A Symphony in Q FlatBeing an Attempt to Describe a Subject That Baffles Description.
The Clown Band
But the “Real Thing” really never happened until the year of grace, 1897, when Spader Johnson and his musical coadjutors established that now famous musical organization known as the “Clown Band.” When its organization was completed Euterpe smiled, for the sweet-faced muse knew that the divine art of music, over which she had presided so many centuries, was to rise to heights hitherto unattained, and that the soul of Spader and his symphonious swallows — or, in other words, Johnson and his jabbers of wind would scale the very peaks of the mountains of melody, and from the dizzy heights roll down upon a breathless and expectant world an avalanche of melody and engulf all mankind in an ocean of music. Did the glorious muse divine aright? Well, rather, and why not? Was not this collateral company composed of the very crem de la crem of the musical world? and had they not as director and cornet virtuoso that greatest of all living leaders, Spaderowski Johnsonicola, whom the vulgar once called Spader Johnson? Was the baton ever held in a hand that could so direct the impulses of his players and sway the multitude? When he waved his magic wand with the majesty of an emperor, were not the hearts of his musicians touched like when the winds of a tropical evening awaken into life the responsive chords of an aeolian?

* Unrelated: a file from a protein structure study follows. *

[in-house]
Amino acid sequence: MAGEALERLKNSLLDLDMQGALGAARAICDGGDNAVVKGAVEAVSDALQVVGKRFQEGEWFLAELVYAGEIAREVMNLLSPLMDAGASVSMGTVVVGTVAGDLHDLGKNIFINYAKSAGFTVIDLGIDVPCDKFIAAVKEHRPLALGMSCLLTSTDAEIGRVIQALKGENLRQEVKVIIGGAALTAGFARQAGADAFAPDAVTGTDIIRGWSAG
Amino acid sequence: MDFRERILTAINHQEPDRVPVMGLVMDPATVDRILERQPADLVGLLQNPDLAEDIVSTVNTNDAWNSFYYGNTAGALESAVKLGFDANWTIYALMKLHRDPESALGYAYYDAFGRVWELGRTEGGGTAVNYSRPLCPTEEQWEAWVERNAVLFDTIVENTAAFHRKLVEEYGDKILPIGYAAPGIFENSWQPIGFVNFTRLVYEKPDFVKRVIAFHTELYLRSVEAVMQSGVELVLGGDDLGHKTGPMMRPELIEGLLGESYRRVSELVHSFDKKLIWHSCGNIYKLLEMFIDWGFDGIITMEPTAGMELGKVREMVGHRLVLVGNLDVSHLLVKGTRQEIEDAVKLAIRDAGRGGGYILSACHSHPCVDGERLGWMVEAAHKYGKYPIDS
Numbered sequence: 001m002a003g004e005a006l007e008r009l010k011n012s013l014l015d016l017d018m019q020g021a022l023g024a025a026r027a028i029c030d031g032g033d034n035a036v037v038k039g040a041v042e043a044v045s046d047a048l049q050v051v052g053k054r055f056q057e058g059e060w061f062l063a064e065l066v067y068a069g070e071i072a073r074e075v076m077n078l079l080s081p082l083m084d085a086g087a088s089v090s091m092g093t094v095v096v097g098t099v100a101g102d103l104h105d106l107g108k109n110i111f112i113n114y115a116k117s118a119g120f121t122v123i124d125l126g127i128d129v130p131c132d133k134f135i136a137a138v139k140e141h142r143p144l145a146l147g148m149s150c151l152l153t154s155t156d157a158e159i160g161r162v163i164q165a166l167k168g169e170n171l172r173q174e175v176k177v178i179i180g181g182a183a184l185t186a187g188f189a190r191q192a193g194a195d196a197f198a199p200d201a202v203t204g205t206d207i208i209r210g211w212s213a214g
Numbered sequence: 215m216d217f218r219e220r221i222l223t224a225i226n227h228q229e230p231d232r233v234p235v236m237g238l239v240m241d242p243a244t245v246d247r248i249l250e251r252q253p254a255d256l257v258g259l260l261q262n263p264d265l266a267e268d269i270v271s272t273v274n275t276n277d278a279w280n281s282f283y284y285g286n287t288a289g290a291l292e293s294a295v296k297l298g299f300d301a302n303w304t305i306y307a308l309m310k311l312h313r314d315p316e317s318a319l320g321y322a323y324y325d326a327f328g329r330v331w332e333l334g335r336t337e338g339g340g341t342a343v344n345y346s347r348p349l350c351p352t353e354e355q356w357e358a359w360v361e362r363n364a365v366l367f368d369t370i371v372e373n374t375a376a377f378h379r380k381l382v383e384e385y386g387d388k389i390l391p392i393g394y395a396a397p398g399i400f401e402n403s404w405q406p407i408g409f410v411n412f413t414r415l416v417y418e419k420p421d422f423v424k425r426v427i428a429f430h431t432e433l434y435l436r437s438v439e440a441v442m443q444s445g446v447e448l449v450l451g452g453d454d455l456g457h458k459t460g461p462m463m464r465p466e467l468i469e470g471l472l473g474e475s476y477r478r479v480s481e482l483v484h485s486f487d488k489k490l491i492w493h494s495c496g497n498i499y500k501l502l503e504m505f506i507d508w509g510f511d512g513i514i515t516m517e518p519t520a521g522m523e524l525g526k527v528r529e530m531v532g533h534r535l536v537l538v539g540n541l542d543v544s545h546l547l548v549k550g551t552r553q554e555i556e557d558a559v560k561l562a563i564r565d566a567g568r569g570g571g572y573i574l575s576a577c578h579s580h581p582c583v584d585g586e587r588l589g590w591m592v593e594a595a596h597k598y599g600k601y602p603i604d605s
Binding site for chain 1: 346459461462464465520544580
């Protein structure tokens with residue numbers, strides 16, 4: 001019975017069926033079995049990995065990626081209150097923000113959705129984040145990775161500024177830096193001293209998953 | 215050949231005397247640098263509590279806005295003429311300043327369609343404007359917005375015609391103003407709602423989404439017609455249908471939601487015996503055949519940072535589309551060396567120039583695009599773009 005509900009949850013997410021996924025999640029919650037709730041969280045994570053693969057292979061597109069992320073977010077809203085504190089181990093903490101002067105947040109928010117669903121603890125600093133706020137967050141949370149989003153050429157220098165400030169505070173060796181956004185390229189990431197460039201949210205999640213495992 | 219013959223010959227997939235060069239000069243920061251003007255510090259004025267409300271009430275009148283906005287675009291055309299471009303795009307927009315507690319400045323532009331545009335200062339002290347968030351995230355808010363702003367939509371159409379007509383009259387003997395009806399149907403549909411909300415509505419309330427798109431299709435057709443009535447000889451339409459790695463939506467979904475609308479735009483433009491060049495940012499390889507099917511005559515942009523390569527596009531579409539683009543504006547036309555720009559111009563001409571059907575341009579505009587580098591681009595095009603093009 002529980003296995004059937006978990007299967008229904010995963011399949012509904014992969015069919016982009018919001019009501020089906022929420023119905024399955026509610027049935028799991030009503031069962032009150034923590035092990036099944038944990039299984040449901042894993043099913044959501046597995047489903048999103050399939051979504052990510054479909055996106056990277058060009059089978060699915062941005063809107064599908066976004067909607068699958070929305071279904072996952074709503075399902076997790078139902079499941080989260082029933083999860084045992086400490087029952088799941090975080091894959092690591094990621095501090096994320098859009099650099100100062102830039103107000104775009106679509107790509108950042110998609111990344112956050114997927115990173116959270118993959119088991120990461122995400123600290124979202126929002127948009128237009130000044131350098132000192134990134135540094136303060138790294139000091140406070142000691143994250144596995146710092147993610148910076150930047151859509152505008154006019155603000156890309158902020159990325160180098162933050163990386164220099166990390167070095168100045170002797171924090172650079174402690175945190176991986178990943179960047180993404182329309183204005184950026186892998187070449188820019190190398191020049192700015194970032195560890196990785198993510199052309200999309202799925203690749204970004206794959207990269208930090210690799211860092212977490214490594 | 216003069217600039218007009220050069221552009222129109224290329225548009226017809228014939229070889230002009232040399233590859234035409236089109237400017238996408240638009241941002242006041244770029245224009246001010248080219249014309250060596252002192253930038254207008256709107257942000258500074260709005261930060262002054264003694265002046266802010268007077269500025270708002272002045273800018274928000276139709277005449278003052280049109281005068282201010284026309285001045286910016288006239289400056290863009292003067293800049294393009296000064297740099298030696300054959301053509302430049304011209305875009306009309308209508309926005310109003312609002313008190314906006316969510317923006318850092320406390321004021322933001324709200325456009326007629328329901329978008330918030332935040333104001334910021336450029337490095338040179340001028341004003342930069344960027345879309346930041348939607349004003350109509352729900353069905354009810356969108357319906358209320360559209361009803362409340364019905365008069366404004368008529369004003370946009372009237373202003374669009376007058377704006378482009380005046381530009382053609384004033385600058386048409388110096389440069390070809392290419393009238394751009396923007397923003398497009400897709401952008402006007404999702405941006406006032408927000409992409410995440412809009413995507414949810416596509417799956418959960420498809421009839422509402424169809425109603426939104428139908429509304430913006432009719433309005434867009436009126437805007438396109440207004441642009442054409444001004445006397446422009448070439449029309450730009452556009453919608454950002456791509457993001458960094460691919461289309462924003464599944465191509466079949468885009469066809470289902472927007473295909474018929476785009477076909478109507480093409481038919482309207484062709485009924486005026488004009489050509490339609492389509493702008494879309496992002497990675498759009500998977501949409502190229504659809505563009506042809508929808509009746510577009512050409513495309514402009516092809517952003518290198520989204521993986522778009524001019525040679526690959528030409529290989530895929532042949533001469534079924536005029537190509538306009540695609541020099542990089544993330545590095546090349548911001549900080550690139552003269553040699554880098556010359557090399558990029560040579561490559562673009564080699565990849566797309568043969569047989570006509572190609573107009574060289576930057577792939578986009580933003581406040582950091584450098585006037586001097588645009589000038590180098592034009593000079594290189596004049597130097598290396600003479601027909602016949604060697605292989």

But Johnsonicola was not only great as a director. He had but to breathe into the small end of his cornet, and lo, from the large end canaries seemed to flutter, filling the air with melody so sweet the thousands listened in mute wonder, for the sounds were such as had never been heard on this prosaic earth before, and a poet, who one day heard them, with beautiful sentiment, called them “unearthly.” But the great Johnsonicola could not only soothe his hearers with the sweetness of his playing; he could play so as to make their hearts as light and gay as a May morning, and then again he could touch the hidden depths of human passions and parade before the listener the more somber hues of melody. A man of deep feeling, he could display among the lighter tints the shadows of sadness and make the audience melancholy, so that many of them shed tears, and all agreed that it was very painful indeed. Such was Johnsonicola.